The curious reluctance to define prime probability logically. The title says it all, except stress the point that we need to encourage more reasoning from first principles based on what we individually accept as self-evident, and not on what others believe to be self-evident.

**6) Hailstone numbers shape a poem**

By JoAnne Growney: One of my favorite mathy poets is Halifax mathematician Robert Dawson — his work is complex and inventive, and fun to puzzle over. Dawson’s webpage at St Mary’s University lists his mathematical activity; his poetry and fiction are available in several issues of the *Journal of Humanistic Mathematic*s and in several postings for this blog (15 April 2012, 30 November 2013, 2 March 2014) and in various other locations findable by Google.

Can a poem be written by following a formula? Despite the tendency of most of us to say NO to this question we also may admit to the fact that a formula applied to words can lead to arrangements and thoughts not possible for us who write from our own learning and experiences. How else to be REALLY NEW but to try a new method? Set a chimpanzee at a typewriter or apply a mathematical formula.

Below we offer Dawson’s “Hailstone” and follow it with his explanation of how mathematics shaped the poem from its origin as a “found passage” from the beginning of Dickens’ *Great Expectations.*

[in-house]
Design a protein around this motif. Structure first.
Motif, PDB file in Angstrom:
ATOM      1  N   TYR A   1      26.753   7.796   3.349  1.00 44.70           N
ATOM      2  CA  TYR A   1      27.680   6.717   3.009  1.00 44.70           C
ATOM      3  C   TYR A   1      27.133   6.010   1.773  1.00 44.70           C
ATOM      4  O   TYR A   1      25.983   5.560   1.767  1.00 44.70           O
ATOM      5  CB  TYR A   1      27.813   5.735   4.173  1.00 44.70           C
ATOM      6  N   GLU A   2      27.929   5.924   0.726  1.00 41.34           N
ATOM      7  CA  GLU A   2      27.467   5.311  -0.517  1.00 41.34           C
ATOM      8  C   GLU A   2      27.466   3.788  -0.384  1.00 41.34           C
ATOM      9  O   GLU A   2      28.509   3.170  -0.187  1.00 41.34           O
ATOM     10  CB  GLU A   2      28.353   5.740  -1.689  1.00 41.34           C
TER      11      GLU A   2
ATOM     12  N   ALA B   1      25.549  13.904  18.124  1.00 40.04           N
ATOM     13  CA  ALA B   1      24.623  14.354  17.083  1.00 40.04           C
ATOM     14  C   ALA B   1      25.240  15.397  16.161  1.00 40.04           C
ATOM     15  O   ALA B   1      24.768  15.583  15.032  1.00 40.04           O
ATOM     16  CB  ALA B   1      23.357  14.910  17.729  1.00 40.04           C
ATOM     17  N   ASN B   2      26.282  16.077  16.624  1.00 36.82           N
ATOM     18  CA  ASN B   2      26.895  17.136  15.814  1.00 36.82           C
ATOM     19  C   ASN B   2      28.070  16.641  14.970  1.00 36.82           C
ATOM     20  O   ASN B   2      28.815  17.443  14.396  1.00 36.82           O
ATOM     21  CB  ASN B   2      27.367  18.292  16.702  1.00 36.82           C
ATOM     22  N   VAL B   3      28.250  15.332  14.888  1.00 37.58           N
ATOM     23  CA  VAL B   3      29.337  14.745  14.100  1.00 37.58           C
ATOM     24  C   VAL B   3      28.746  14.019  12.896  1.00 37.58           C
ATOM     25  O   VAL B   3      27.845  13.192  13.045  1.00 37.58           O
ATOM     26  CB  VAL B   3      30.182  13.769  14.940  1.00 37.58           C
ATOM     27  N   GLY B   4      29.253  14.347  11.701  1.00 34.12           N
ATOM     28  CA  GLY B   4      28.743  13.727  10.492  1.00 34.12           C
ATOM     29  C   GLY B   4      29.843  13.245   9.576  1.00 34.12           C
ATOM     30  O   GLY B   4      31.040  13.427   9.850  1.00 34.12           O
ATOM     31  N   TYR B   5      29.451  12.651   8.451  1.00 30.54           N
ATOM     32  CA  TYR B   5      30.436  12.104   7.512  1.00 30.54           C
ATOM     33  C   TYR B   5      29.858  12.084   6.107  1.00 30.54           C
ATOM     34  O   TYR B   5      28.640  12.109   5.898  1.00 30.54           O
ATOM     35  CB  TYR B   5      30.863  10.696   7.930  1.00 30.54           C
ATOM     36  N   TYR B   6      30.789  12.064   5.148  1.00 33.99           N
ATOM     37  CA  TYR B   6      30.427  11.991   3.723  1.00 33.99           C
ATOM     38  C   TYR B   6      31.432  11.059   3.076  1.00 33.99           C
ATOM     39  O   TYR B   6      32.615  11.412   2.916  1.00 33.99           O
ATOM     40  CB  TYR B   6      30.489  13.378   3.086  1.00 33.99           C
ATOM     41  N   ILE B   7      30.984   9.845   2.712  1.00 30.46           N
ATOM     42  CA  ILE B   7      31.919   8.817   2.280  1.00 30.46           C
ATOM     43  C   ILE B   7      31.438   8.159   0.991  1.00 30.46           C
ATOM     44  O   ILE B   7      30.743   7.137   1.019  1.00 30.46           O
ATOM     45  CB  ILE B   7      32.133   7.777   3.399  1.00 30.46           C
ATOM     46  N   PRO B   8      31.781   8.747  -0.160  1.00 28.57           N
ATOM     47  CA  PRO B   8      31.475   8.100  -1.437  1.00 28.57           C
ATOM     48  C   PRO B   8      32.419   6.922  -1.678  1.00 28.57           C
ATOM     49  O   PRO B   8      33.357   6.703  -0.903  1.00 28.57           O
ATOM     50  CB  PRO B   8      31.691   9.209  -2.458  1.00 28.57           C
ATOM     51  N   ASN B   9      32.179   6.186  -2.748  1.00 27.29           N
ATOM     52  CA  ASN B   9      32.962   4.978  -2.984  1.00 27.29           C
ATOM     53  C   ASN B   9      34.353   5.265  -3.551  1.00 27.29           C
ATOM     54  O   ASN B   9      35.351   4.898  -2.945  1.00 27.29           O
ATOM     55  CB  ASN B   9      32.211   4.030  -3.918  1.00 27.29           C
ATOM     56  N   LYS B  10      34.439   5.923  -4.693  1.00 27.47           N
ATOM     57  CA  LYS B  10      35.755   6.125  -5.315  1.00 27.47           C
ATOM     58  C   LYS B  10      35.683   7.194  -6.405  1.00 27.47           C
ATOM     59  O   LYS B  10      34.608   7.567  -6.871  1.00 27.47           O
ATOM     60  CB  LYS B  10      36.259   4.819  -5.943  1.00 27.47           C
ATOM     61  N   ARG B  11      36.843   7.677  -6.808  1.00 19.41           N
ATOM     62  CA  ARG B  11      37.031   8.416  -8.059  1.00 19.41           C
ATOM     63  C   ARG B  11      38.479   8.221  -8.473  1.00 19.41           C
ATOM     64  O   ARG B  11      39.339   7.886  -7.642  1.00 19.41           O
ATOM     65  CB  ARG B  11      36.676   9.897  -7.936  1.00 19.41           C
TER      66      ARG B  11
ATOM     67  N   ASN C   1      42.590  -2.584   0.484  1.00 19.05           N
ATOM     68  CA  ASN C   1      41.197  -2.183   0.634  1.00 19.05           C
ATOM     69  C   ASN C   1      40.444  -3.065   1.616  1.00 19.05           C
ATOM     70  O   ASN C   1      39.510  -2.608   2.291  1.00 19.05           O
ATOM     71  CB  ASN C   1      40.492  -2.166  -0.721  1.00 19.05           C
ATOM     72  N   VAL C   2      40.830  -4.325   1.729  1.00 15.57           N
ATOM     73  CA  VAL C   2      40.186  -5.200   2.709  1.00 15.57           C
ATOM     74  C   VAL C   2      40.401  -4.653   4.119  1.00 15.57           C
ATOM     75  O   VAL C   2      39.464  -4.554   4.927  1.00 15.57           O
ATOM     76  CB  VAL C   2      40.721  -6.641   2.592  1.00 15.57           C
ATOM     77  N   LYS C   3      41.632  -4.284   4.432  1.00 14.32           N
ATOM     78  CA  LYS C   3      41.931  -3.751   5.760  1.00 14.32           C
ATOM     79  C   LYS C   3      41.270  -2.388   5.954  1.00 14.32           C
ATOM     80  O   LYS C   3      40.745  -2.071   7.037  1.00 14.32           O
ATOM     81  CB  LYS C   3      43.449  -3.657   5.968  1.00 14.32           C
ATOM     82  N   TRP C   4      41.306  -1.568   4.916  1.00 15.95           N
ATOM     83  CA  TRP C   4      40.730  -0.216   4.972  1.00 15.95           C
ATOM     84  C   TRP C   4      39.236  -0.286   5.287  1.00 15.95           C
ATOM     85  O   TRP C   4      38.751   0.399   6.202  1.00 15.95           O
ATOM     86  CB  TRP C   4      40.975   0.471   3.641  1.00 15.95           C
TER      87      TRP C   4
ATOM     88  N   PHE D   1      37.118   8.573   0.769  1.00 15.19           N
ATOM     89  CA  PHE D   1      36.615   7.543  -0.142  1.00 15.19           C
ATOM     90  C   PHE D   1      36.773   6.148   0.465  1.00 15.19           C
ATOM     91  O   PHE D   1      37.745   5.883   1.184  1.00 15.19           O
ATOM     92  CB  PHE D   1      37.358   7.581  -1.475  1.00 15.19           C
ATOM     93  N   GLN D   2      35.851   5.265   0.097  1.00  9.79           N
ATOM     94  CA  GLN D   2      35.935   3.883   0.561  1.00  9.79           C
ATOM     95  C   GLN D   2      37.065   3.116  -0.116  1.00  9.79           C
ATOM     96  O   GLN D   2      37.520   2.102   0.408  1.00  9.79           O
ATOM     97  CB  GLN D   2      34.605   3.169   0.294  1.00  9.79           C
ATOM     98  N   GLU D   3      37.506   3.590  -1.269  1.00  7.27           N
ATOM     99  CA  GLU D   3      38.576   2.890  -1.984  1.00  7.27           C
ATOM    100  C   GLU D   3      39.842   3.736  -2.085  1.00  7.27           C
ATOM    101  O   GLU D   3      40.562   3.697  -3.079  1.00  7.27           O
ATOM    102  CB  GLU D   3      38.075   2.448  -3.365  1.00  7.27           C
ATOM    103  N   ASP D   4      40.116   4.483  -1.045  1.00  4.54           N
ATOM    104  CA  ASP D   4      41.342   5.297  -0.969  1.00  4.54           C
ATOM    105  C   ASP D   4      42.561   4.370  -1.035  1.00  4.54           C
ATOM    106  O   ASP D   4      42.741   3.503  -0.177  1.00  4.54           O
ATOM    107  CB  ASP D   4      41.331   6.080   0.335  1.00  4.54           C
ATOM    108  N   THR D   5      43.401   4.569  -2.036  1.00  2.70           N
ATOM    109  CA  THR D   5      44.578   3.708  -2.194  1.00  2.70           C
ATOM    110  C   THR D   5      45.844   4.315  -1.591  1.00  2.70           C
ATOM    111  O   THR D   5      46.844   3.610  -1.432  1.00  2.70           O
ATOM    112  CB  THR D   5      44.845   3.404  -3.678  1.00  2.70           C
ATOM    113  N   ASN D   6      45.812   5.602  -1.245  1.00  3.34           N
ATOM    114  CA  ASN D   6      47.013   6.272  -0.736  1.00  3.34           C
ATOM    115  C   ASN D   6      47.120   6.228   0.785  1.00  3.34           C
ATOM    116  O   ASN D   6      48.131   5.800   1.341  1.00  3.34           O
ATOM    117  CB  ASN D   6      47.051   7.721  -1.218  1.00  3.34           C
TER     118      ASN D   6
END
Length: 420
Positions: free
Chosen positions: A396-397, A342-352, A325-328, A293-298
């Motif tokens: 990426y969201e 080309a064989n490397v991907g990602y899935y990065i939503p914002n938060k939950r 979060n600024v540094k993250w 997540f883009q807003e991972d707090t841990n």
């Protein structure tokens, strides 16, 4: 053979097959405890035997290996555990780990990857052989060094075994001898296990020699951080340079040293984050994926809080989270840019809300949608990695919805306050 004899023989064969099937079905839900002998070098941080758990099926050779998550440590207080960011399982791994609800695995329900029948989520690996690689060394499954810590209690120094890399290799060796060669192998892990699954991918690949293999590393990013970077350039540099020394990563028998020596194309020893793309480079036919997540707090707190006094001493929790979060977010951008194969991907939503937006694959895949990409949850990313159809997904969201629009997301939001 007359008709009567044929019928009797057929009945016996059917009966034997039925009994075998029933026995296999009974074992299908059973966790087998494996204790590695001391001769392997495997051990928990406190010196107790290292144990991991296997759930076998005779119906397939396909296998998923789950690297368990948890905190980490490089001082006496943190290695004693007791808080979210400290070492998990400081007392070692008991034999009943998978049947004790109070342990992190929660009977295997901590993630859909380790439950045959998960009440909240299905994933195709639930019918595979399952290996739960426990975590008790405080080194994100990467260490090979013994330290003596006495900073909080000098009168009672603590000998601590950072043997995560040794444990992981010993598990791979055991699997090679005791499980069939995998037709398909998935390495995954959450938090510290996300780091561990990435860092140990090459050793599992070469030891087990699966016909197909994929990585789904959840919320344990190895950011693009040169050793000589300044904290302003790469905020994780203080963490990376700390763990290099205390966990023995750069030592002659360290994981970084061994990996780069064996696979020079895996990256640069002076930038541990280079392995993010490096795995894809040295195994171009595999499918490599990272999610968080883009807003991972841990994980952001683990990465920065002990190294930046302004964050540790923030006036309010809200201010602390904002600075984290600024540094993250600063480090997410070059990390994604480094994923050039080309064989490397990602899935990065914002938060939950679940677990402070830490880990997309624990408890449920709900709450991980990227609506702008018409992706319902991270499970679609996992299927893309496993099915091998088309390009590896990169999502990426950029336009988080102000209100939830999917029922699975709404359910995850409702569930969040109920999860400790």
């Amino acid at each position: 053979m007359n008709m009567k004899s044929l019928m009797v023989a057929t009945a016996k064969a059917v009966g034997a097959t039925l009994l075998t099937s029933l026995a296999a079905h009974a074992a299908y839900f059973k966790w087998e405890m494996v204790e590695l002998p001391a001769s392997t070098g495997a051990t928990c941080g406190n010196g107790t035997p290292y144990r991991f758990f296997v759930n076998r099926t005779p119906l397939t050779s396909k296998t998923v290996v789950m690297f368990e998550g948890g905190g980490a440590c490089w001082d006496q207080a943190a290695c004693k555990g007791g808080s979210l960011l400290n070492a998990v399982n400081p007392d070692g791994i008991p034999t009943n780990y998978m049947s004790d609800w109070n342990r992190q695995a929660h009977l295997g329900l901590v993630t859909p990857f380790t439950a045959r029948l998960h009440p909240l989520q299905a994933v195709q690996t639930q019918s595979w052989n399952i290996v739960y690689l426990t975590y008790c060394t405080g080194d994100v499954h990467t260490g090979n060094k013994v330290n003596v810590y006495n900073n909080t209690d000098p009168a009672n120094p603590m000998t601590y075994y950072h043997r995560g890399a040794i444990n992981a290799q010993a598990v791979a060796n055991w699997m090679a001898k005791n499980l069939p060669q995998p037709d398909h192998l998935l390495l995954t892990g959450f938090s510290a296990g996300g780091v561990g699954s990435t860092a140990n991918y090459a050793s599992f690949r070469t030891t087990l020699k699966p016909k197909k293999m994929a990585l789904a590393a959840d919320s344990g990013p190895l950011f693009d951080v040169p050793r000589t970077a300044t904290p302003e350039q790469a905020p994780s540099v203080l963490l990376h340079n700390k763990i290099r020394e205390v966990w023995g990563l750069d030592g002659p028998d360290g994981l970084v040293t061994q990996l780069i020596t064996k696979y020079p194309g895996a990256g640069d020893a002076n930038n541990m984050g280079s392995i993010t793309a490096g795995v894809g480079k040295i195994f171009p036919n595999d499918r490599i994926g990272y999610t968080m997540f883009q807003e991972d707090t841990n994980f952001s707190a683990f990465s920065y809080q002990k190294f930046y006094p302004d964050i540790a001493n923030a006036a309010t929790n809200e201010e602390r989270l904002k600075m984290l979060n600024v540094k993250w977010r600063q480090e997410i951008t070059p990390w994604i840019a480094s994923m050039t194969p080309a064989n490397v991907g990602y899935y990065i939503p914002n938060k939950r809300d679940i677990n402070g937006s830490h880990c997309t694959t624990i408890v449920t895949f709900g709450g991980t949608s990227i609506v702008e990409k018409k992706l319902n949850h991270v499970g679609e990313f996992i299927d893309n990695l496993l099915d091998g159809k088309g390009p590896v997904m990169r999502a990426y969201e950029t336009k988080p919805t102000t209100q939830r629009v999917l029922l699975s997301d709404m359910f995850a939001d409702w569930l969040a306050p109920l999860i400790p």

Read more at: http://poetrywithmathematics.blogspot.co.uk/2014/09/hailstone-numbers-shape-poem.html?m=1

**7) Approximating e using the digits 1–9**

Read this article to learn how to approximate e using just the digitis 1-9! ((1 + 9^{–4^{7×6}})^{3^{2^{85}}}. ) Learn how it works and how remarkably accurate it is! The post is written by Richard Green.

Another closely related post is http://www.flyingcoloursmaths.co.uk/estimating-e/ by Flying Colours Maths Blog!

What is this about? It is a sand model of the Hilbert Curve, or Hilbert space-filling curve!

Check out http://blog.andreahawksley.com/sand-hill-bert-curve/ to learn more.

I was in one of my colleagues lessons this week.and he was teaching the class to expand quadratic brackets. As the lesson went on he noticed that a number of pupils had been writing the X squared term, then the constant term then the X term so he pulled the class together to tell them that conventionally we write quadratic equations in decending powers of x. This is excellent practice and something we all should be encouraging, but it made me think “Why decending powers of x?”

Interesting question to ponder!

Read more at: http://cavmaths.wordpress.com/2014/09/26/decending-powers-of-x/

**10)**** ****Extrapolation Gone Wrong: the Case of the Fermat Primes**

Read more at: http://blogs.scientificamerican.com/roots-of-unity/2014/09/26/extrapolation-gone-wrong-the-case-of-the-fermat-primes/

**11) Erica Klarreich Profiles an Award-Winning Mathematician**

Erica Klarreich interviews a famous recent Fields Medallist Stanford University professor Maryam Mirzakhani at: http://www.theopennotebook.com/2014/09/30/erica-klarreich-profiles-an-award-winning-mathematician/

Check out the interesting Will Rogers phenomenon, with application to managing a football team! (http://mathsball.blogspot.com.es/2014/09/impossible-transfer-will-rogers-phenomenon.html)

Featured book:

Math Doesn’t Suck: How to Survive Middle School Math Without Losing Your Mind or Breaking a Nail

**From a well-known actress, math genius and popular contestant on “Dancing With The Stars”—a groundbreaking guide to mathematics for middle school girls, their parents, and educators**

How exciting! Today I also saw http://bestgifs.net/2014/09/13/tetris/

I laughed and laughed.

LikeLike

Pingback: Carnival of Mathematics 115 | The Aperiodical

Pingback: Math Teachers and Homeschool Bloggers: We Want You! | Let's Play Math!

Pingback: Math Teachers at Play #79 | Let's Play Math!